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Atlantic City casino revenue takes 12-year tumble, July figures show

Atlantic City casino revenue takes 12-year tumble, July figures show

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ATLANTIC CITY - Casino revenue sank to its lowest level in 12 years in July, another ominous sign that there will be no summer turnaround for the troubled gaming industry.

In what is ordinarily the biggest money-making month on the casino calendar, revenue generated by slot machines and table games fell 12.7 percent compared with July 2008, according to figures released Monday by the New Jersey Casino Control Commission.

Altogether, the 11 casinos took in $383 million in winnings, the worst July since 1997. An even more dramatic comparison is this July versus July 2005, when casinos posted an all-time record of $504.8 million in revenue. The 2005 figure is 24 percent higher than this July.

Only Trump Taj Mahal Casino Resort saved the industry from the ignominy of having every gaming hall in town suffer a decline. Boosted by a 45 percent jump in table game revenue, the Taj Mahal was up 8.7 percent overall for July.

Atlantic City has stumbled through 11 straight months of declining revenue and is heading for its third straight down year - a stunning slide considering that the first 28 years of casino gambling were consecutively higher.

Cory H. Morowitz, a casino analyst and chairman of Morowitz Gaming Advisors LLC, said the recession and fierce competition from Pennsylvania slot parlors continue to batter the Atlantic City market. However, he predicted a slow recovery may begin late this year if the recession continues to ease and consumers revert to their old spending habits with the help of the government stimulus package.

"We may get some positive surprises in the fourth quarter as the stimulus impacts take effect and people start to feel better about their wealth," he said. "The worst is over."

Despite the recession, the Pennsylvania slot parlors, Atlantic City's most formidable competitor, posted 18.5 percent growth in July to end the month with $179.2 million in revenue. The May 22 grand opening of the $743 million Sands Casino Resort in Bethlehem gave Atlantic City even more competition for gamblers in eastern Pennsylvania.

The Sands took in $19.6 million in slot revenue in July to boost the Pennsylvania gaming market overall. However, casinos in eastern Pennsylvania are suffering from extra competition from the Sands. Revenue was down 13.3 percent at the Mount Airy Resort and Casino in the Pocono Mountains. Harrah's Chester Casino and Racetrack was down 1.7 percent, and revenue at Philadelphia Park Casino and Racetrack fell 1.4 percent in July, figures show.

Most other states that have commercial casinos similar to New Jersey's continue to struggle. In Connecticut, slot revenue tumbled 9.1 percent at the Foxwoods Casino Resort and 8.8 percent at Mohegan Sun in June. Revenue at the Nevada casinos fell 8.3 percent in May. Nevada, a month behind Atlantic City in reporting revenue figures, is scheduled to release June's results today.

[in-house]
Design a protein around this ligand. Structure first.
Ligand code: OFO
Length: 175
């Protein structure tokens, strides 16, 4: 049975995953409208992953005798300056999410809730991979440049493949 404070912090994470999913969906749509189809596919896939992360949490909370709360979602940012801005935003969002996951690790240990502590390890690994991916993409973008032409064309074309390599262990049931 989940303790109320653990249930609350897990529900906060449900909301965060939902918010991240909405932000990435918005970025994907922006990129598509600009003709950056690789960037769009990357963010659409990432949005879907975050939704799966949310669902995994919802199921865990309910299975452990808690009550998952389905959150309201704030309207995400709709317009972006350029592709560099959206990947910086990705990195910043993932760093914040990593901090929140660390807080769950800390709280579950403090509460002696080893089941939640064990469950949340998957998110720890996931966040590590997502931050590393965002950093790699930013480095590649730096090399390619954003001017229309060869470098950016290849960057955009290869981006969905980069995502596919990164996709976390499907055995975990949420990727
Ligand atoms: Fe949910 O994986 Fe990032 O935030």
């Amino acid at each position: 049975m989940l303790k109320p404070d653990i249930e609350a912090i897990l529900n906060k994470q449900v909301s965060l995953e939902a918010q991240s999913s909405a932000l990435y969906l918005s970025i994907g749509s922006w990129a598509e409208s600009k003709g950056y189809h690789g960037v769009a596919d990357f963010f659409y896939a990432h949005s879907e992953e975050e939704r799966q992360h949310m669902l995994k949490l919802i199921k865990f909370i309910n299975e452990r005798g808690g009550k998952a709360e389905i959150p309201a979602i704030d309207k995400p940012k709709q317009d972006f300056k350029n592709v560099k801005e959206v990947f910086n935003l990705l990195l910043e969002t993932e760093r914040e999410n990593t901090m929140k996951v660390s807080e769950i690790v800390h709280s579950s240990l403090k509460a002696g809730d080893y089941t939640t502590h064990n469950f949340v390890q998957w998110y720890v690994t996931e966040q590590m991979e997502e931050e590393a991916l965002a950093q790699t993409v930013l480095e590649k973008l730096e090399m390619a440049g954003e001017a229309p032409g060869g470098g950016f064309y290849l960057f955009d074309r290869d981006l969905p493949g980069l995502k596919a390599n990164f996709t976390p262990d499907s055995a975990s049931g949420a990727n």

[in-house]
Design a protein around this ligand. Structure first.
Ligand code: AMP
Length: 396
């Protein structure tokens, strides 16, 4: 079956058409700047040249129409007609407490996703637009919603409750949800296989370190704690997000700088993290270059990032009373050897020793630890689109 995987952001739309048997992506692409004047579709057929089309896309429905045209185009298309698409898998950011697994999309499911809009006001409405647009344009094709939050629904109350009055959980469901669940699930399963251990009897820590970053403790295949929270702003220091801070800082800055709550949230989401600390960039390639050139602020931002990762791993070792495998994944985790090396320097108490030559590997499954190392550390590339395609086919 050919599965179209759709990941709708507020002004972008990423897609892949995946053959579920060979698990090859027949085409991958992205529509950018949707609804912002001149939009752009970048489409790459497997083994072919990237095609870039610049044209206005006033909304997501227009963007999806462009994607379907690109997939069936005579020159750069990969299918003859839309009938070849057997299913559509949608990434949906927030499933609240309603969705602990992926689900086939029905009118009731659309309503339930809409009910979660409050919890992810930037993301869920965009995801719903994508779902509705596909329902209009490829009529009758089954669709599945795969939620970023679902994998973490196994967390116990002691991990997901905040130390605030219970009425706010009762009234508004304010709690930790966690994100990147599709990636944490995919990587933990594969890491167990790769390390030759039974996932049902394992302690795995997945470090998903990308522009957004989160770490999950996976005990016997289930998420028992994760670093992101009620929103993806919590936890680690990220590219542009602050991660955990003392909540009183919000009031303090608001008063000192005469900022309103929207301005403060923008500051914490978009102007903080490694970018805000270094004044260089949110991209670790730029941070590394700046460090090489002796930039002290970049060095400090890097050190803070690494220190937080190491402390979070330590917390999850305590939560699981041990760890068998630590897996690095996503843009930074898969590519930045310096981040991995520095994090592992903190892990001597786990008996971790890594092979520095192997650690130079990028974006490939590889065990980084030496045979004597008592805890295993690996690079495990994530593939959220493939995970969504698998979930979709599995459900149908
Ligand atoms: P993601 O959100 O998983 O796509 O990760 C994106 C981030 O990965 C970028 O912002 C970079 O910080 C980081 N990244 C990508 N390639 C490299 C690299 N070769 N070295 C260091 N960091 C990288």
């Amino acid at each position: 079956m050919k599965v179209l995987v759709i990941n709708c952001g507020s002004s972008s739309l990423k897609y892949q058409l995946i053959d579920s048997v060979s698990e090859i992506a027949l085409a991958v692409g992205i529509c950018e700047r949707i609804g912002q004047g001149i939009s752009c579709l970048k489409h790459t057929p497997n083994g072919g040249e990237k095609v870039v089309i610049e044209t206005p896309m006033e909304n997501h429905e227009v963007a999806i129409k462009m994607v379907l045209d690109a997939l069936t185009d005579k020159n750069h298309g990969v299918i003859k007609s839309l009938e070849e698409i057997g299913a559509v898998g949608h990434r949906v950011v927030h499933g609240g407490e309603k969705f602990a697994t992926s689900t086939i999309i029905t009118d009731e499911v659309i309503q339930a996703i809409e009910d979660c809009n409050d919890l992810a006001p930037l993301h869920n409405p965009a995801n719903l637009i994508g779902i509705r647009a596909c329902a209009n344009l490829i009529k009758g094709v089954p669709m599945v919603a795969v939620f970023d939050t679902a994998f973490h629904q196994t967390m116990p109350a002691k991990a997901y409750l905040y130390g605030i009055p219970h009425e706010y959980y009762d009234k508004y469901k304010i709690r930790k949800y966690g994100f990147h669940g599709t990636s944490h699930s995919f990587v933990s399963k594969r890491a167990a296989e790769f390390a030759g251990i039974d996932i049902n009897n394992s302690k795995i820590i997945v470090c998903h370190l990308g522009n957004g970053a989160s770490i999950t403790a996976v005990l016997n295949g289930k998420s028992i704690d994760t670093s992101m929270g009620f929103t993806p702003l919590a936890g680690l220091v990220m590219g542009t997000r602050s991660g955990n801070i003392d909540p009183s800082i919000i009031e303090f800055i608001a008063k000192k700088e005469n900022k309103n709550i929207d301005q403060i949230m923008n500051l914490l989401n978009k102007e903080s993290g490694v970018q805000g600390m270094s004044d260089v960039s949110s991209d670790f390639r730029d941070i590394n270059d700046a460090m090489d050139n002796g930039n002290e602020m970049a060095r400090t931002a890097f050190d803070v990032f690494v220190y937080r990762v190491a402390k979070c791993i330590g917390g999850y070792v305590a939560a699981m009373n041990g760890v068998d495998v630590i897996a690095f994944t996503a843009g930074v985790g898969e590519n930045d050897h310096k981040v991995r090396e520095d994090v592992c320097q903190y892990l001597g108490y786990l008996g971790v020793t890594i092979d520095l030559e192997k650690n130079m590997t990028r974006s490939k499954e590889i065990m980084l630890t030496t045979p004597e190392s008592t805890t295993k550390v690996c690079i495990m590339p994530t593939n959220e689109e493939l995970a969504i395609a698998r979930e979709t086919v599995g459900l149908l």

In Atlantic City, revenue is down 14.9 percent, to $2.3 billion, for the first seven months of the year.

Dan Nita, Mid-Atlantic president of Harrah's Entertainment Inc., noted that July's results were consistent with previous months.

"It's a lot more of the same. We continue to see the same double-digit declines year over year," he said. "The good news is, all of the hotels around town are filling up. The bad news is that the daytrip business continues to be on hiatus."

Summer is usually the most profitable time for the gaming industry, but July's big drop was preceded by a 13.6 percent revenue decline in June. Even the traditionally strong Fourth of July - one of the blockbuster holidays for casinos - could not push the industry higher.

Nita said more high rollers came to Atlantic City for the holiday, but he complained that many of the regular gamblers heading to town by car seemed to have gotten stuck in traffic jams.

"For every good piece of news we have, there is some other news that is challenging," he said.

Labor strife also continued to grip the city in July. Nita said picketing by the United Auto Workers union at the Harrah's Entertainment-owned Bally's and Caesars casinos "cast somewhat of a pall on the city and our properties."

The UAW, which represents dealers at Bally's and Caesars, has been staging union pickets to protest the lack of a new labor contract despite negotiations that have dragged on for months.

"The pickets themselves are pretty short in nature, lasting only an hour or two hours at most. It's not a significant portion of any business decline," Nita said.

Revenue fell 19.7 percent at Caesars and 17.3 percent at Bally's in July. Trump Plaza Hotel and Casino's 27.6 percent decline was the worst for the industry.

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